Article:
One of the first questions that students ask when they read Young Goodman Brown is why he feels compelled to make the journey. Hawthorne never provides us with a concrete answer. It is this lack of answer, this ambiguity, that might lead us to think of the journey as allegorical, that is, standing for some abstract idea or concept. Here's what we do know:
We have a young man, newly married to a loving wife, who leaves at sunset on some mysterious journey, despite her pleading that he not go. He doesn't seem unhappy or terribly troubled as he starts out. He gives his wife a "parting kiss" and heads out.
A mere twelve hours later, he returns to his village a changed manwho shrinks "from the bosom" of the woman he earlier called his "sweet, pretty wife" ( Hawthorne 27). Brown now lives out the rest of his long life a gloomy man, described by the narrator a "stern," distrustful," and "desperate," alienating himself from family and friends.
What happened on this journey to effect such a transformation? What is the meaning of this journey to Young Goodman Brown and to us, Hawthorne's audience, who embark on own journeys?
First, we might think of the journey into the forest as symbolizing the journey from adolescence into adulthood. This journey must be taken if we are to grow up. It's the journey of life, fraught with challenges, knowledge, and awakenings. The forest is a fitting metaphor for life's unkknowns for it is dark, dense, and unknown. A journey into it forces us to question our early assumptions about our world. Young Goodman Brown's world view reflects his innocence and youth with regard to good and evil. The good people are churchgoers, family members, and, of course, his wife Faith. The bad people hang out in taverns, hail from Providence, and belong to tribes of savages. It is these assumptions that are first challenged by the Fellow traveler.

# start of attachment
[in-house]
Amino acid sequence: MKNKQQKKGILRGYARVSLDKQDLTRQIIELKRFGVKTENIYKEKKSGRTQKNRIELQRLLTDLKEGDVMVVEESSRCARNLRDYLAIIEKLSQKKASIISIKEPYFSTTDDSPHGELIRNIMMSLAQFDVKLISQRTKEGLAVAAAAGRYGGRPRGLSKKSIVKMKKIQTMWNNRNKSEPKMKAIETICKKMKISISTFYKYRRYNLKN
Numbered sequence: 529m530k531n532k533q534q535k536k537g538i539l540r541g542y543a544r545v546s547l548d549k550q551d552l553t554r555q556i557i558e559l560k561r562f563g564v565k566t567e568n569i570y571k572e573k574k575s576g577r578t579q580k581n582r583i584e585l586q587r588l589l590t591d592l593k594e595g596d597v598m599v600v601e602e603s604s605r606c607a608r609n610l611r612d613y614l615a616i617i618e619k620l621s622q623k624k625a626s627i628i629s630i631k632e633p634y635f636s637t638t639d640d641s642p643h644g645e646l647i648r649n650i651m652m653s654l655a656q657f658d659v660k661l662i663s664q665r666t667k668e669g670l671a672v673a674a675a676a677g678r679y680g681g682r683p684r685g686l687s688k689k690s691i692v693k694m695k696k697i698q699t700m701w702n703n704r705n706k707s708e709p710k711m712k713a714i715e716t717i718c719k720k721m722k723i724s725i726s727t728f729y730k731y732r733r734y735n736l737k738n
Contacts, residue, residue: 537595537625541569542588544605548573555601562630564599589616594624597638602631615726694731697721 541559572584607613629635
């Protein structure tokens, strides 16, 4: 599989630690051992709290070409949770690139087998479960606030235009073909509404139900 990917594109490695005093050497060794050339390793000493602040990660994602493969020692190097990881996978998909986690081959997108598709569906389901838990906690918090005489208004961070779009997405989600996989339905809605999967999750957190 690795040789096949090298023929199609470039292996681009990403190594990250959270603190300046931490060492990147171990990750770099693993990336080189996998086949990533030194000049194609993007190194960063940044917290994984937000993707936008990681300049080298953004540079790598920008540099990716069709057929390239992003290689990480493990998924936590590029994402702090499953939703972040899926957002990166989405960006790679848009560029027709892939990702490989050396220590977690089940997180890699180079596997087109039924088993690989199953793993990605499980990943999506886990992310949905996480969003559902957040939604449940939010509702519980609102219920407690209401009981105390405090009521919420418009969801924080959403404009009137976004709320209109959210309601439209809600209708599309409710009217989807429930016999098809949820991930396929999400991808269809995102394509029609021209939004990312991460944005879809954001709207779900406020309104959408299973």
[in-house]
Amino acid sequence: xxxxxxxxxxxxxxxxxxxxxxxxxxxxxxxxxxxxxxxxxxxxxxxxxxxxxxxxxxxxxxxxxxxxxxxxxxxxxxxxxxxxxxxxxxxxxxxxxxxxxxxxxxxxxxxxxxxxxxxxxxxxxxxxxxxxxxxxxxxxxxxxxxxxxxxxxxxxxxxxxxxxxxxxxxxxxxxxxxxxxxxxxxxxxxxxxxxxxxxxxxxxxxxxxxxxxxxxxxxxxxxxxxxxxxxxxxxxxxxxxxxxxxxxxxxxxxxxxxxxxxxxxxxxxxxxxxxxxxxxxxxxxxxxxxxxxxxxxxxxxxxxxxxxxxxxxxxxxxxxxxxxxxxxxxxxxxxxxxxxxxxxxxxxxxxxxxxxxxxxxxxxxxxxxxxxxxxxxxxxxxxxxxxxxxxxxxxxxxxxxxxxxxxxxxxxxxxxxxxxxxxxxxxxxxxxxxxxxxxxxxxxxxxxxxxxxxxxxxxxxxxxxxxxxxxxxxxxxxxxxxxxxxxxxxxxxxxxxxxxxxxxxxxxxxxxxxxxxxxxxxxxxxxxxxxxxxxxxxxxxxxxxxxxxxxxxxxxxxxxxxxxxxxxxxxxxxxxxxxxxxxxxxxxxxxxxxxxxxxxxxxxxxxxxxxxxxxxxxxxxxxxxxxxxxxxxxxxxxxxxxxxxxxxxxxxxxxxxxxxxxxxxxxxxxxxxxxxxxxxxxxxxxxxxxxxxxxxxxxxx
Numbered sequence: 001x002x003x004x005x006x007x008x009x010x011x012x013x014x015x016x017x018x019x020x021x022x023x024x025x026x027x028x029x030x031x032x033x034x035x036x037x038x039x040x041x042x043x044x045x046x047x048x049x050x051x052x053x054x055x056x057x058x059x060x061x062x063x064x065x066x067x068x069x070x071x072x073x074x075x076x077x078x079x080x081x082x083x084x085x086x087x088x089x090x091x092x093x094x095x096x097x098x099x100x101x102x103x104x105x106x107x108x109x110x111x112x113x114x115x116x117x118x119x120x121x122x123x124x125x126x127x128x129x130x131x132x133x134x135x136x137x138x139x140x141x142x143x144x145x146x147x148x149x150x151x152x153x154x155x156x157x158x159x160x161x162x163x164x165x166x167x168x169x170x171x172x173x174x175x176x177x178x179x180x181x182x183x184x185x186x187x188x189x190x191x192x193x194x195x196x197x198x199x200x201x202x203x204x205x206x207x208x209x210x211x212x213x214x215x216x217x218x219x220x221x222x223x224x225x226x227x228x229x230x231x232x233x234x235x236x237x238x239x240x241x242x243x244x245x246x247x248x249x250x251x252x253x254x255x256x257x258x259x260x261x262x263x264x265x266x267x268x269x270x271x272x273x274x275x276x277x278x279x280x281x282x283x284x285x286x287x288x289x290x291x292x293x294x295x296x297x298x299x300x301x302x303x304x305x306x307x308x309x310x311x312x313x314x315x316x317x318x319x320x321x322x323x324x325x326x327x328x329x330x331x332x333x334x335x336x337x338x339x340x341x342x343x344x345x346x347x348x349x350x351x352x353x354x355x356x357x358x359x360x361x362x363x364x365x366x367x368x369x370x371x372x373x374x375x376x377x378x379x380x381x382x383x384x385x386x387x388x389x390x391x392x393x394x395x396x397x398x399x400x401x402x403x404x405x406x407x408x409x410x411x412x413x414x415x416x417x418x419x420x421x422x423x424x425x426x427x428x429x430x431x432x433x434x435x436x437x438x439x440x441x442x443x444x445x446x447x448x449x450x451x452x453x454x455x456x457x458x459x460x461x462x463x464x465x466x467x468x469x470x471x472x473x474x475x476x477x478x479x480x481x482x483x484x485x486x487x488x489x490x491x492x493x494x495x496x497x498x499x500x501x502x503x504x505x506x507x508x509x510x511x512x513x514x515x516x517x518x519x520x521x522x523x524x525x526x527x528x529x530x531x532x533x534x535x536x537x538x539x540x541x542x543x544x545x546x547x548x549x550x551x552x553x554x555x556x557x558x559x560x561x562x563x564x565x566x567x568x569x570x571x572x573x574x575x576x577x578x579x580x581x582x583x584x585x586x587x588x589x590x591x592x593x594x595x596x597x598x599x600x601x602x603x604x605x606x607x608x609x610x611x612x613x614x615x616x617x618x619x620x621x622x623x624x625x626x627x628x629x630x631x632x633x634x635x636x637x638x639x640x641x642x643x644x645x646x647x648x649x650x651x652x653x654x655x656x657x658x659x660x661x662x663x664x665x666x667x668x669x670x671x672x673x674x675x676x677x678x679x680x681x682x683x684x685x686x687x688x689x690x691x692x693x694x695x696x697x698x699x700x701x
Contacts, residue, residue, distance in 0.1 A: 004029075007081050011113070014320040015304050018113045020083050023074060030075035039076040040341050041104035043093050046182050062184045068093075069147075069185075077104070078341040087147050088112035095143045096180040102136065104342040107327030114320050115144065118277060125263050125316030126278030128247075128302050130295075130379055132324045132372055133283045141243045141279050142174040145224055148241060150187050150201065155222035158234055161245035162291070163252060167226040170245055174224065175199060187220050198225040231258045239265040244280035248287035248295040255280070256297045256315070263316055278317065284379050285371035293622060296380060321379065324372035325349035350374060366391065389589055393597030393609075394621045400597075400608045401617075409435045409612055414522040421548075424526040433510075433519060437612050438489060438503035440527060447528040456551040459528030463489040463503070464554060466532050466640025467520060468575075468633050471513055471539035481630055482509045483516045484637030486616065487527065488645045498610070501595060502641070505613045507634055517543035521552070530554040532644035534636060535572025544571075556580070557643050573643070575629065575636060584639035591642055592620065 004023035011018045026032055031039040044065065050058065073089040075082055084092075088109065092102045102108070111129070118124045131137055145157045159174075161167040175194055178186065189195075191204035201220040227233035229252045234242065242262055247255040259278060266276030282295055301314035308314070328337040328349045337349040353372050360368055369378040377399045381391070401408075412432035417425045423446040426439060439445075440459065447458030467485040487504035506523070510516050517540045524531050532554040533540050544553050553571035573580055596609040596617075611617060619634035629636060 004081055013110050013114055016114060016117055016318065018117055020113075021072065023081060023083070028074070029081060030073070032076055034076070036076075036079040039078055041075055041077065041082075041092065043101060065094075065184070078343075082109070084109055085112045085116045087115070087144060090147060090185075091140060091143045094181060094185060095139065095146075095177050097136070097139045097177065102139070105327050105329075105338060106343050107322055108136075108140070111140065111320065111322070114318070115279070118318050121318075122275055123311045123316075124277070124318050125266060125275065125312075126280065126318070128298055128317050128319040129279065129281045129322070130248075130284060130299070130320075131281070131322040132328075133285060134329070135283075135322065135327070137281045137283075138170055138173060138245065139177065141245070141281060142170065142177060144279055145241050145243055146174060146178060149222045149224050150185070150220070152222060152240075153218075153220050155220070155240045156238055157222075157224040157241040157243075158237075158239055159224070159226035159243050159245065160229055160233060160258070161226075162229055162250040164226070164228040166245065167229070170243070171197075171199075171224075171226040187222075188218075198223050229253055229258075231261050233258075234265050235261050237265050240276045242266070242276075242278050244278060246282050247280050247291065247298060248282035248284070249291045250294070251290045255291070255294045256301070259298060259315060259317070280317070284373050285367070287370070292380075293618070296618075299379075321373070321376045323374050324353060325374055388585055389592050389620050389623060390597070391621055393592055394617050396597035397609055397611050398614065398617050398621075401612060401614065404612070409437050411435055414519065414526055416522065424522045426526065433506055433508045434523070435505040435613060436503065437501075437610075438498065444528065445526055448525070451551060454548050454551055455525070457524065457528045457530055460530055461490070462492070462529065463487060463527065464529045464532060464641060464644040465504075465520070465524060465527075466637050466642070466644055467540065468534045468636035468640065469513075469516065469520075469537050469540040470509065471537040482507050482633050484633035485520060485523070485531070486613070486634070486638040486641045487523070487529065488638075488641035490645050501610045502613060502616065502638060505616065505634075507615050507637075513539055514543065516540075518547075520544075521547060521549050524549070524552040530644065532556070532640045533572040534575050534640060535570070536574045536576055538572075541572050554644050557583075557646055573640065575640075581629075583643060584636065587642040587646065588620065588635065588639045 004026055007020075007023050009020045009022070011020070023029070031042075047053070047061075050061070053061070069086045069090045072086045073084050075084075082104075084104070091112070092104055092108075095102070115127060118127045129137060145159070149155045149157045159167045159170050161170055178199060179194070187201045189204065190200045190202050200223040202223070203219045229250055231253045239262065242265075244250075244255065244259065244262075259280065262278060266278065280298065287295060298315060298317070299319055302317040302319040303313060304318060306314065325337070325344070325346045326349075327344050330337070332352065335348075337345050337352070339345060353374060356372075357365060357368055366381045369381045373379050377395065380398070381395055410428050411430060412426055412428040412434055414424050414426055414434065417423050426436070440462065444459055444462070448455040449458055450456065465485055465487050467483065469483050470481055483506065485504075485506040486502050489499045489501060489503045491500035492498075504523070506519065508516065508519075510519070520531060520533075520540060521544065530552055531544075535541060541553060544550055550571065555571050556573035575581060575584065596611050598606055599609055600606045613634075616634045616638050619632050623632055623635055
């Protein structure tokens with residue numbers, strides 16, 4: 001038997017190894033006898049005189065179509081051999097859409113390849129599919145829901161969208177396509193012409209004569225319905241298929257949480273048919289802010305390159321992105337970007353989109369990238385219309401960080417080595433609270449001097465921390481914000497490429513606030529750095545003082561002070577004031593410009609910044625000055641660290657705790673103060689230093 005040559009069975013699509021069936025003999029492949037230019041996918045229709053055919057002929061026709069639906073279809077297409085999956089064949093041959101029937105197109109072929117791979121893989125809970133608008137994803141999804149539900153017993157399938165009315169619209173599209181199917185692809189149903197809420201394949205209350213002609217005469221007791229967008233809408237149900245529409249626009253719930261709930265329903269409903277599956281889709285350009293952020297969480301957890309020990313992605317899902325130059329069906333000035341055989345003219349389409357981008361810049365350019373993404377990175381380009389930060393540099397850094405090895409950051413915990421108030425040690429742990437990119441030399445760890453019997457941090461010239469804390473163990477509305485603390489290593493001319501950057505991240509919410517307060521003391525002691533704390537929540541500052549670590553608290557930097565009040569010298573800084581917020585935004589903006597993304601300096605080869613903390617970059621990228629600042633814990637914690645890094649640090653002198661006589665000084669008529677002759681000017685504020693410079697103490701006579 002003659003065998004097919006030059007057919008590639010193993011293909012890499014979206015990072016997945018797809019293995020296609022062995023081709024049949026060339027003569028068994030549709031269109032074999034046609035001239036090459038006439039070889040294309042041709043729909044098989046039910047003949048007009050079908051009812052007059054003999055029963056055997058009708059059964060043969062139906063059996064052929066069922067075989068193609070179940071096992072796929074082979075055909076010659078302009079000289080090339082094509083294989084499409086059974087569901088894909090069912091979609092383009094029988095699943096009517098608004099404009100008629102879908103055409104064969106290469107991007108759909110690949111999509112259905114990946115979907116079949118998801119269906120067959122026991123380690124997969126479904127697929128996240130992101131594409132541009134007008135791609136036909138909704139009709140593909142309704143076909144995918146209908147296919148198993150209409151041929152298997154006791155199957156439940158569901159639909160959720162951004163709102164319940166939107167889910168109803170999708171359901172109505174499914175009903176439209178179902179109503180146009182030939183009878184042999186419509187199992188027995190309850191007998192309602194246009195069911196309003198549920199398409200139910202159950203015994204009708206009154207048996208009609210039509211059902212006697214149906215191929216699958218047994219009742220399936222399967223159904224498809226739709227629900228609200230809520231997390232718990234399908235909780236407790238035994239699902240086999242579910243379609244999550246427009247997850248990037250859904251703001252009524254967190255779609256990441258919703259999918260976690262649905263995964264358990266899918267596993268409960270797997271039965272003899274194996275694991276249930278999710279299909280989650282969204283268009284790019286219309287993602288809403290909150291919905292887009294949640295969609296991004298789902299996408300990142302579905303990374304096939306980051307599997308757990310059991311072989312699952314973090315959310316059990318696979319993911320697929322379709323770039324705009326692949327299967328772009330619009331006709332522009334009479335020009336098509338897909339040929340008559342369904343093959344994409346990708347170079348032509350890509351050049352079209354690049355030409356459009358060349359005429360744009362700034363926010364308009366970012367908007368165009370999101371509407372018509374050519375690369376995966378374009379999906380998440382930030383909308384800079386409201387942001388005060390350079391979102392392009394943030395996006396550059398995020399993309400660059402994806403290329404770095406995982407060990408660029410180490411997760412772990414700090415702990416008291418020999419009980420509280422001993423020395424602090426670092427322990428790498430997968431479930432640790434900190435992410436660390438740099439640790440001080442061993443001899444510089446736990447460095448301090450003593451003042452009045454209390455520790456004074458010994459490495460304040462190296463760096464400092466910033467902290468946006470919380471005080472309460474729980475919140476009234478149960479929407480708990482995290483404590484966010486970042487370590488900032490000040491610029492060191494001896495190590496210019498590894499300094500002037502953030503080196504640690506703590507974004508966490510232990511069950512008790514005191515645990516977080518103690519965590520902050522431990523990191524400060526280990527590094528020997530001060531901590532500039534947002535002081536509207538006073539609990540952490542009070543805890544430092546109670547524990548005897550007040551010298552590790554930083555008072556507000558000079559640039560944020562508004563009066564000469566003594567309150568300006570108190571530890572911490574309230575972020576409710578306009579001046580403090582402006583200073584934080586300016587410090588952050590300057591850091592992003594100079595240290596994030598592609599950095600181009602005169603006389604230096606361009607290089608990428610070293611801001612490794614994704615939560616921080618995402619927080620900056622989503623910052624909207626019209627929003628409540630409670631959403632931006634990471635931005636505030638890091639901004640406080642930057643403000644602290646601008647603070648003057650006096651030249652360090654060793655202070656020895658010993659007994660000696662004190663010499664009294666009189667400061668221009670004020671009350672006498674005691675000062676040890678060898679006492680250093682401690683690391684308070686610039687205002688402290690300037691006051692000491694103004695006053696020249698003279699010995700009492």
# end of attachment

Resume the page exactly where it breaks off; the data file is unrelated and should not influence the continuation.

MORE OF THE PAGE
This companion, who resembles an older version of Brown himself, first tells him of the evildoings of his ancestors. He informs him that his grandfather "lashed a Quaker woman" and that his father " set fire to an Indian village " (28). This is the first of Brown's beliefs that is shattered along this life journey. Next, Brown sees the Reverend, the Deacon,and Goody Cloyse, his catechism teacher, all who appear to be headed on this same evil journey. Once again, a piece of his world is rocked by these sightings.
Ultimately, the journey brings him to a meeting in the darkest, densest part of the forest. At this meeting, now led by the fellow traveler, Brown recognized not only those whom he judged as evil, but those people closest to him, including his lovely Faith. It is at that moment that the journey proves to much for Brown. He runs from the scene, deeply troubled and despairing. The next morning he returns to the village, a much transformed man.
This journey into the darker side of life is the growing up journey. It has shown Brown of man's imperfections. It frightens him for, if he were to reconcile with the evil he sees in others, he would have to accept it in himself. He can't do this, and so, he cuts the life journey short. He does not beyond the first step of enlightenment into understanding, compassion, and forgiveness. He has ventured forth, only to return home too soon.